First, clients spend more time somewhere else than with a bank. We all know the relative decline of branches. Not only are retail consumers not visiting their branches as much as they used to, but they are also increasingly spending time in completely different ecosystems than in the past; communities where a local bank relationship manager has little leverage if any. These ecosystems are called Facebook, Google, Amazon, WhatsApp, Snapchat, Instagram, Pinterest. (Even though such change is not as pronounced with SME and enterprise clients, there is also change with these segments.) Second clients are used to a different customer experience based on the service they are getting from these digital communities, thereby making bank web apps and mobile apps always play catch up. In other words, clients are moving banks, and bank customer interfaces are under threat. Third, products are under threat although we have to nuance this statement and look at lending separate from the rest. Let’s look at the rest first. Accounts are being loosened from the tight grip of Mr Banker – PSD2 in Europe, the open bank initiative in the UK will take care of that – allowing, under consent, third party access to account data and meta data. Payments is experiencing the highest level of competition given it has the lowest barrier to entry, either from fintech startups endogenous to the industry, new entrants exogenous to the industry (Amazon, Apple, Google, Facebook) or grown up startups (PayPal). Brokerage and Investments are prone to the same opening to multi-competition. This leaves us with lending which I believe should be analyzed completely differently than the rest because no one will ever be able to come up with a “zero marginal cost” lending product. Indeed, the cost of borrowing is comprised of the bank’s cost of borrowing and a margin to compensate for risk and provide adequate profit. That cost will never scale to zero or near zero. This, in my view is the main reason why lending will never experience an “Uber” moment where banks will be completely disintermediated – further, think of the unintended negative consequences of a massively large lender for example – whereas the main cost of the “rest” is that of delivery and marginal cost of delivery can and should be driven down to near zero. Fourth, infrastructure is where there has been to date the least disruption and competition, notably around core banking systems and CRM, even though blockchain technology holds the promise of much change in asset servicing.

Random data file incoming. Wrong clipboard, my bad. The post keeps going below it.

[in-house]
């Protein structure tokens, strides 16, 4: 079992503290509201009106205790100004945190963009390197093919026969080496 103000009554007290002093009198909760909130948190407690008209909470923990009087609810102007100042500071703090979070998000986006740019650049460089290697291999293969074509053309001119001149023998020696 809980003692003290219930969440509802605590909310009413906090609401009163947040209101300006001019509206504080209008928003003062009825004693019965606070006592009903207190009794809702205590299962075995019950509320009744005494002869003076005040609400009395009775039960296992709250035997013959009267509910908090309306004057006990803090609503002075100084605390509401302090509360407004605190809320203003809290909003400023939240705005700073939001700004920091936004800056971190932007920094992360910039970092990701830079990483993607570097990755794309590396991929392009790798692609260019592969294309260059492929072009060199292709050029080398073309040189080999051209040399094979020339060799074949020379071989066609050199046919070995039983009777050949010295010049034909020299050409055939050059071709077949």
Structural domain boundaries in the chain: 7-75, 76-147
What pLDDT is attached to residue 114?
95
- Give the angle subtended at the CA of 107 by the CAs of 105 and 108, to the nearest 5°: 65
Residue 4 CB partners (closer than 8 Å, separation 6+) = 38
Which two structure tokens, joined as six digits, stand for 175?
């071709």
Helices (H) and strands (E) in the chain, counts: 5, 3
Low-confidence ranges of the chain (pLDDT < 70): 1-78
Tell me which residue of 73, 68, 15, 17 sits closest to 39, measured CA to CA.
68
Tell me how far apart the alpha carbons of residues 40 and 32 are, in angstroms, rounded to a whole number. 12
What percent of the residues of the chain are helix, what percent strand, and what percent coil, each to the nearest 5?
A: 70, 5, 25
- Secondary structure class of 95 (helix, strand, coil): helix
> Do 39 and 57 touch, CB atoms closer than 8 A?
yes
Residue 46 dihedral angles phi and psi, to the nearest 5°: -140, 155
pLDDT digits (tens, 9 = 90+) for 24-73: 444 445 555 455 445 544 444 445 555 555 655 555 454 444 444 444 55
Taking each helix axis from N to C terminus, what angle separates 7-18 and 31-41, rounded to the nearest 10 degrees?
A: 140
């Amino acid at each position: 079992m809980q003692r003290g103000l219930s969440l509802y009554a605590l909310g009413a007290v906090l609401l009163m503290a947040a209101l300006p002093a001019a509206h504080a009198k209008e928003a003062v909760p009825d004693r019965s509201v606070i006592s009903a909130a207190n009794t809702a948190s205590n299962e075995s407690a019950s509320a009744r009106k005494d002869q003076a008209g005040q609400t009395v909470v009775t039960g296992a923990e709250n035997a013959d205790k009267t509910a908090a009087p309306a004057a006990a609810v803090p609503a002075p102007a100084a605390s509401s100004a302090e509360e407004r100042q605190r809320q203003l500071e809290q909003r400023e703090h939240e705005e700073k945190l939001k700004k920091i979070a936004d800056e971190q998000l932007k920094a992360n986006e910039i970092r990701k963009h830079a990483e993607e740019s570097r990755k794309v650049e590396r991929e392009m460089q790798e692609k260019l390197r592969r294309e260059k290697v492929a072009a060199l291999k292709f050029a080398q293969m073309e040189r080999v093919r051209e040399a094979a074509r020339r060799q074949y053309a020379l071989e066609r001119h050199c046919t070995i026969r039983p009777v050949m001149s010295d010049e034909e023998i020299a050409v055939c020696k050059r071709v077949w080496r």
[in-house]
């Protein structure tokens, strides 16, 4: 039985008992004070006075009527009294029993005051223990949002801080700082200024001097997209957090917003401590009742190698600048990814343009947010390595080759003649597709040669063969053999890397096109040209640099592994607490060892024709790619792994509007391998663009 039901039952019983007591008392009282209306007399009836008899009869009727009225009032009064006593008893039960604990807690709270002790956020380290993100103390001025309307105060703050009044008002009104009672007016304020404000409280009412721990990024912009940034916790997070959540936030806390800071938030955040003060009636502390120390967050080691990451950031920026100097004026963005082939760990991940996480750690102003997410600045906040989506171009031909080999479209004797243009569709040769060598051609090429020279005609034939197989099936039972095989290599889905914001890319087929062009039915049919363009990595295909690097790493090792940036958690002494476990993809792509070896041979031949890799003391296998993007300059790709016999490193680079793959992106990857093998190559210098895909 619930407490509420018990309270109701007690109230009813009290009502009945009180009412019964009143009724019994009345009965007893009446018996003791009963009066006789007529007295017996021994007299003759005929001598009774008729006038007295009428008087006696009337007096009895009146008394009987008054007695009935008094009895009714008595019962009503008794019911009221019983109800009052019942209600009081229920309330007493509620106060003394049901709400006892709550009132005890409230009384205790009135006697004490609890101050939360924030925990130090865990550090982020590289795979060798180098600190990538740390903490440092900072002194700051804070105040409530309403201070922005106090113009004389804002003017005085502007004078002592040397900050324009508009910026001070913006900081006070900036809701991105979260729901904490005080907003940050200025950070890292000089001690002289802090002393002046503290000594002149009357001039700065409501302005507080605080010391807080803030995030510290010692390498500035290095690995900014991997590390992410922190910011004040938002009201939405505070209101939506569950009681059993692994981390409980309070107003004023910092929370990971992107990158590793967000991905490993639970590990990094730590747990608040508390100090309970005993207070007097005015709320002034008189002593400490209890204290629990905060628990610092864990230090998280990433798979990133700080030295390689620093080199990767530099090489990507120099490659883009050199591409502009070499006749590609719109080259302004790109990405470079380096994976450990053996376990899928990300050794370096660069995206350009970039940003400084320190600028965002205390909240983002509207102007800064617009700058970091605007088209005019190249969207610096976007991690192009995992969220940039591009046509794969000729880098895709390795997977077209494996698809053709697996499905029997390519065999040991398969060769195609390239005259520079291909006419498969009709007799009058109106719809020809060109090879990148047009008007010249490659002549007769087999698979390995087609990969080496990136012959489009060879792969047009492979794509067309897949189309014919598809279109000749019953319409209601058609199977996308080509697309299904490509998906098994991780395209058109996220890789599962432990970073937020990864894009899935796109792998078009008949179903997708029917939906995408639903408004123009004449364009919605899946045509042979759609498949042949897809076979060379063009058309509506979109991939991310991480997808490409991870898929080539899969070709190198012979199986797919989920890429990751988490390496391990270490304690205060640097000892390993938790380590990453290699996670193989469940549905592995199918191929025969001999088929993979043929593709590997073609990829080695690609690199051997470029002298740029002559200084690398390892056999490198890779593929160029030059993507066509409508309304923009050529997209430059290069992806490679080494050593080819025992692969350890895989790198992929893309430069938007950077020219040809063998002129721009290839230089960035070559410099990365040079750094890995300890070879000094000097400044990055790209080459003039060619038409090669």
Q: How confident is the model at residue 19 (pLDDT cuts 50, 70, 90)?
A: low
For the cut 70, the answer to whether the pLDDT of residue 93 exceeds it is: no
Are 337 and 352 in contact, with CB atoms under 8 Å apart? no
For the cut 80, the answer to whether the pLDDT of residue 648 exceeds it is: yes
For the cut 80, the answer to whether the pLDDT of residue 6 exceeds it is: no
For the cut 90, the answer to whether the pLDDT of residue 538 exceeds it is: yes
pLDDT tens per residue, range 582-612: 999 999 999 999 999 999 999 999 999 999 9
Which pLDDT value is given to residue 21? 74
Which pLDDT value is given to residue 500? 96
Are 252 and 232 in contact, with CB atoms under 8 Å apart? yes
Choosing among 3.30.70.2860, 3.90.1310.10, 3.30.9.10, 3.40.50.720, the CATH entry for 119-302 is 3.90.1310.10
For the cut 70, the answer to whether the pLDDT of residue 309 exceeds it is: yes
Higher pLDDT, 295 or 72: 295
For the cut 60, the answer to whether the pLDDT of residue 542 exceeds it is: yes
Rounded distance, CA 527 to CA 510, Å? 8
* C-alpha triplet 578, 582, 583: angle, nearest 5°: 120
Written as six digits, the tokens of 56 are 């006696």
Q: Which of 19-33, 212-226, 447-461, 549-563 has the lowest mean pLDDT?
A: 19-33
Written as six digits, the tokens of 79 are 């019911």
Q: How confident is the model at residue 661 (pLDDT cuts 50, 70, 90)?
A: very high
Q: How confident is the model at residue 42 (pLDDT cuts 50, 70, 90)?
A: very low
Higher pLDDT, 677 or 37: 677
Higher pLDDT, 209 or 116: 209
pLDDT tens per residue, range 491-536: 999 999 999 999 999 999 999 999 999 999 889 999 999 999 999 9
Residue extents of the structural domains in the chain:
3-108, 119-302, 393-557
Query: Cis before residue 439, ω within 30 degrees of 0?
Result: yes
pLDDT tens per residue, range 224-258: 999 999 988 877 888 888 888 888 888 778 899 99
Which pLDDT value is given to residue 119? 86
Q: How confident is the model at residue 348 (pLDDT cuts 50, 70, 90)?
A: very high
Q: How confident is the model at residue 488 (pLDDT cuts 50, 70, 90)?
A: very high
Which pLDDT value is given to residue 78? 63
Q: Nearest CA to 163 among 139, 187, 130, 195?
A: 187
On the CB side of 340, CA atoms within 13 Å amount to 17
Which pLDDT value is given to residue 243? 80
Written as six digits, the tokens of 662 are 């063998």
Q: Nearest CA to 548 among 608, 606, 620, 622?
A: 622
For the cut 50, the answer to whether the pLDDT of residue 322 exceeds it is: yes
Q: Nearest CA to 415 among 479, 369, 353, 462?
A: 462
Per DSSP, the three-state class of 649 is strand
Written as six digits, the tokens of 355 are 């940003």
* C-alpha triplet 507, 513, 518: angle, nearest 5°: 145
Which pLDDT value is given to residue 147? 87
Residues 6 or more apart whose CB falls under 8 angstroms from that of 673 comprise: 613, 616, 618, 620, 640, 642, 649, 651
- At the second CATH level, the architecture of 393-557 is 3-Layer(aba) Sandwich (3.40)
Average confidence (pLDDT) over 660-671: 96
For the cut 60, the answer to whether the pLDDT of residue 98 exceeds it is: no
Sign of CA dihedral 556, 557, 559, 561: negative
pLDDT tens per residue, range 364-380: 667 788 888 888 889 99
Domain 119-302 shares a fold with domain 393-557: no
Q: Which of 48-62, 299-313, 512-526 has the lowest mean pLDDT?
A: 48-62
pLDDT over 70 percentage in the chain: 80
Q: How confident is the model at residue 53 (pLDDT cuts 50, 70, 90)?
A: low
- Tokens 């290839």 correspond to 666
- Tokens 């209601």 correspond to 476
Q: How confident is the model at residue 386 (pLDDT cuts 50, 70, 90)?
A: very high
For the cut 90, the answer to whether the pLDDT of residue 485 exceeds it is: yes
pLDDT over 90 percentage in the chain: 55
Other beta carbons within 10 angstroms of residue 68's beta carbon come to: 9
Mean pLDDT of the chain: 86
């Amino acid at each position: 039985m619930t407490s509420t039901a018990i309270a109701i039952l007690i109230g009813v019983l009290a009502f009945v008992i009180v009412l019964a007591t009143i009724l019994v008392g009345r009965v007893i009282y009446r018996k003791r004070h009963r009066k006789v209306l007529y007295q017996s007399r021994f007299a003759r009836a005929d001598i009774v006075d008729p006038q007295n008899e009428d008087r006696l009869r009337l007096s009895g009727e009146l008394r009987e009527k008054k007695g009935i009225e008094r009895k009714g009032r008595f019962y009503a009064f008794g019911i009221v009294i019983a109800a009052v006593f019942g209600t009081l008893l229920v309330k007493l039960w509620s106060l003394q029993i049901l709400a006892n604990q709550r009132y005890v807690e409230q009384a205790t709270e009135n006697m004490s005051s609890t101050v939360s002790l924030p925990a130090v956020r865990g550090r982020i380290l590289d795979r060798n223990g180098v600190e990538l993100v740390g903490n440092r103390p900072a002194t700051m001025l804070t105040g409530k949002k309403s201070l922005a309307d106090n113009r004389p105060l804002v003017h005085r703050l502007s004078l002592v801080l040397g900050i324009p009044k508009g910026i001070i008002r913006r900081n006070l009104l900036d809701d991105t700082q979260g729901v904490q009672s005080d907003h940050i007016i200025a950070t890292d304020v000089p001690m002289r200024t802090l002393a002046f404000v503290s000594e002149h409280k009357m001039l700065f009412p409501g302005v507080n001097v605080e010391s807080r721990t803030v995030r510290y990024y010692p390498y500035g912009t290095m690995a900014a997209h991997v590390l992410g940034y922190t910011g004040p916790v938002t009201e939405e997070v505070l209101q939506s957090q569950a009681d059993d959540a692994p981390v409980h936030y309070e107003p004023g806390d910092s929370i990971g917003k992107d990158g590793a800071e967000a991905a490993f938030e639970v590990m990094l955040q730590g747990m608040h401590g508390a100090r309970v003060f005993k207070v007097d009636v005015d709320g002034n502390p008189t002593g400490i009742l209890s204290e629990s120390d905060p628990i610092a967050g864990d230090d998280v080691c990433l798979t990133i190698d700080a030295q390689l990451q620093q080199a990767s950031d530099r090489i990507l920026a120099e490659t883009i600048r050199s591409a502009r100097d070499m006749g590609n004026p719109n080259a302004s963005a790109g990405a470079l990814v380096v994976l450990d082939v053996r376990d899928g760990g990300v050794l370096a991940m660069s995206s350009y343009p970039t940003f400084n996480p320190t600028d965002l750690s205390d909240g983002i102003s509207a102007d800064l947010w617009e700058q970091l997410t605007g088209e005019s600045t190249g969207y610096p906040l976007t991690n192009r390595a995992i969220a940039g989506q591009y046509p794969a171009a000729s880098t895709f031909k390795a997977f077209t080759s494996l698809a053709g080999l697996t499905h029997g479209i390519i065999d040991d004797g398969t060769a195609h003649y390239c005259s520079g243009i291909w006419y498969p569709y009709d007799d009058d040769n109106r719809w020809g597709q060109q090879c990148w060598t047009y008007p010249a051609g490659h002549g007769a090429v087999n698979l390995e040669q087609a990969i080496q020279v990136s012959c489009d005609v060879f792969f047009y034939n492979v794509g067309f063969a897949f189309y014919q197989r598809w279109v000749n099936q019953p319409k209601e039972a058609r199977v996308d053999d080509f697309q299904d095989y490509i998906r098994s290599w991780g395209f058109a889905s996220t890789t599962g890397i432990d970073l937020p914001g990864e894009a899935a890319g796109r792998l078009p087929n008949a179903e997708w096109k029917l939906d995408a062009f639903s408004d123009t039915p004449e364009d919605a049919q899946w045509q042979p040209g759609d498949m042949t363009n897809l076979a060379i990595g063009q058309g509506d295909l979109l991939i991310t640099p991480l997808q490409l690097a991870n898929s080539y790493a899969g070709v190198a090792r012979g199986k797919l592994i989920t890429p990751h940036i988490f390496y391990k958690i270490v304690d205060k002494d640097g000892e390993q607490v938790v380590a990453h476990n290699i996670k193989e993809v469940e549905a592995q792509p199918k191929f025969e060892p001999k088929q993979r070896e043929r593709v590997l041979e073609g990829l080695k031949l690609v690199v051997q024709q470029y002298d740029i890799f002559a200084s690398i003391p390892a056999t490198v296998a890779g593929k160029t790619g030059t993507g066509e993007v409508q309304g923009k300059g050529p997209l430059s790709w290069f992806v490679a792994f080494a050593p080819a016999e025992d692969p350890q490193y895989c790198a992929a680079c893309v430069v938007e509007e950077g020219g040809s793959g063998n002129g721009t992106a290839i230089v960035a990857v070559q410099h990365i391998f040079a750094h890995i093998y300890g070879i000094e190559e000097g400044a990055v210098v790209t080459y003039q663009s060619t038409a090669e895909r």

To date the overwhelming number of competitors attacking the above layers have not been successful. Fintech startups focused on investments (robo advisory), brokerage, lending have not reached escape velocity and acquired meaningful market share to the detriment of banks. Some pundits believe it is because banks have much more defensible business models (regulation, licenses…). Although I do agree most startups have failed so far, I also know not to discount the entrepreneur/startup threat over the long run on the basis of a failed first wave. I am actually paranoid for banks as the overwhelming types of strategies banks have put in place to deal with change are in my opinion either inadequate or short term focused.